Raven Glacier at Crow Pass
The Crow Pass Trail is widely considered to be one of the best hikes in Chugach State Park, as well as one of Alaska’s foremost backpacking experiences. Following the Iditarod National Historic Trail route, the trail crosses a variety of terrains and offers diverse and scenic sights along the way, including glaciers, waterfalls, wild owers, wildlife, gorges, sapphire tarns, and stunning alpine scenery. You don’t want to miss this one!
If you’re not up for hiking the whole trail, the four-mile hike from Crow Creek Trailhead to Crow Pass is a great alpine hike with a magni cent payoff. The trail from the Eagle River Nature Center to Glacier Lake, a half-mile east of the Eagle River ford site, offers stunning valley views and is an easy, non-technical hike. The first recorded crossing of Crow Pass was in 1898 by geologist Walter Mendenhall and his assistant Luther “Yellowstone” Kelly for
the U.S. Army geological survey. For many years the trail saw heavy use as part of the historic Iditarod Trail, a winter dogsledding route from Seward to Knik and to the Iditarod gold fields. However, avalanches at Crow Pass were dangerous and prospectors were quick to favor the longer, but less severe Indian Pass route made by the Alaska Road Commission in 1908. After the Alaska Railroad was completed in 1923, both routes were largely abandoned.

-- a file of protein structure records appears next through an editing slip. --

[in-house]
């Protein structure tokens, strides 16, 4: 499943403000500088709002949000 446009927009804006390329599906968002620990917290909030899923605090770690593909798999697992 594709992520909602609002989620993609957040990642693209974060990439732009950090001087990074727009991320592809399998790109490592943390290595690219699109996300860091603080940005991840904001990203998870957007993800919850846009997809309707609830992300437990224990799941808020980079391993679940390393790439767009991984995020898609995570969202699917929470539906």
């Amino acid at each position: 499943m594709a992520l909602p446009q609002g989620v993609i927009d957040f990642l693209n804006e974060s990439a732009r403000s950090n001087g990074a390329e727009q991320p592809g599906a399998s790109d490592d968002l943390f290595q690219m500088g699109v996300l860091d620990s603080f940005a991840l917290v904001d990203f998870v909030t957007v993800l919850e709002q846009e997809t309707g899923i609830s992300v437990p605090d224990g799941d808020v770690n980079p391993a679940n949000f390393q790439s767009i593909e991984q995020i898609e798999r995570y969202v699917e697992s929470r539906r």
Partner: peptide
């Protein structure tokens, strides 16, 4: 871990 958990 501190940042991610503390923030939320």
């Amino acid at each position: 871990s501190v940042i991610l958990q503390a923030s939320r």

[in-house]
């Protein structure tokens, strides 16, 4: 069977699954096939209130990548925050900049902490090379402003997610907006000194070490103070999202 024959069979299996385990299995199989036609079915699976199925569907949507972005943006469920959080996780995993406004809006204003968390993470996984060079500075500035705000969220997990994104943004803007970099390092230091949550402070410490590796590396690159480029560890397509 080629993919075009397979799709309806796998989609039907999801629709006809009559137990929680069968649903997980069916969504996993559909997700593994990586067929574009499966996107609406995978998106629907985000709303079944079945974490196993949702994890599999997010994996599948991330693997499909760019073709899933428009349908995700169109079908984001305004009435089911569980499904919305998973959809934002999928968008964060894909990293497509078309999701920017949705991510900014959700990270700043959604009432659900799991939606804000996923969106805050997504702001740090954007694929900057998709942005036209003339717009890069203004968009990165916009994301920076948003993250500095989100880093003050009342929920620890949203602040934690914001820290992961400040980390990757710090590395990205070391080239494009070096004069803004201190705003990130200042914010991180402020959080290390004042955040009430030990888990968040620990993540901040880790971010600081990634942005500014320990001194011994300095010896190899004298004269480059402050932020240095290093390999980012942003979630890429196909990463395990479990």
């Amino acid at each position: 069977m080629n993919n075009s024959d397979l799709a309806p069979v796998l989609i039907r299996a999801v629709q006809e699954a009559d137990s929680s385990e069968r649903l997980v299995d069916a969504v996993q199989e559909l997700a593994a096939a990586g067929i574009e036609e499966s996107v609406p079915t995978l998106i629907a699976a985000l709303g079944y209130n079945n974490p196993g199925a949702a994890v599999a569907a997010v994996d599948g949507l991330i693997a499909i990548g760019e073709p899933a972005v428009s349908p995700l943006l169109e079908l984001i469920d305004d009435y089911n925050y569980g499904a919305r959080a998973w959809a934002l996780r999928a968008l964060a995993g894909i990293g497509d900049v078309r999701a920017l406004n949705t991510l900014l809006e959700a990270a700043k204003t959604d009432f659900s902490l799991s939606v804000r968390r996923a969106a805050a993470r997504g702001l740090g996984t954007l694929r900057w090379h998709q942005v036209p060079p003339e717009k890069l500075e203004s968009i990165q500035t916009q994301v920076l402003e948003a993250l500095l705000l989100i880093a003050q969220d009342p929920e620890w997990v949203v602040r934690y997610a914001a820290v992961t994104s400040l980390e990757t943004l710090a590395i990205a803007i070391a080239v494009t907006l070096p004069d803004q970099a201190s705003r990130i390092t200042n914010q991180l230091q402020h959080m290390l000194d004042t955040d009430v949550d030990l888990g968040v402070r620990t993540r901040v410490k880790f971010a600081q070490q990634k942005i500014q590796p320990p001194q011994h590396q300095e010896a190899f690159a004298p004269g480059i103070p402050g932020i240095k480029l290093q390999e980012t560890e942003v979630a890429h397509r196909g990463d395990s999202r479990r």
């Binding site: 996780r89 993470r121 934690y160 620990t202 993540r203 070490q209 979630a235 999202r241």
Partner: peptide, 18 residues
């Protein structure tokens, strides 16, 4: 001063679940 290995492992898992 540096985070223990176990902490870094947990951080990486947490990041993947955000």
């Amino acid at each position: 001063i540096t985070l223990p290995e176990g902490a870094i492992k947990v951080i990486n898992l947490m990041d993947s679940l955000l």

In 1896 prospectors struck gold in Crow Creek, which became the most productive placer gold stream in Southcentral Alaska. Monarch Mine operated from 1906 to 1948 on upper Crow Creek and was one of the most productive load gold mining ventures on the Turnagain Arm. Rusted remnants from the mining camp can still be seen off a fork of the trail about 1.25 miles from the Crow Creek Trailhead.
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From Anchorage & Turnagain Arm Area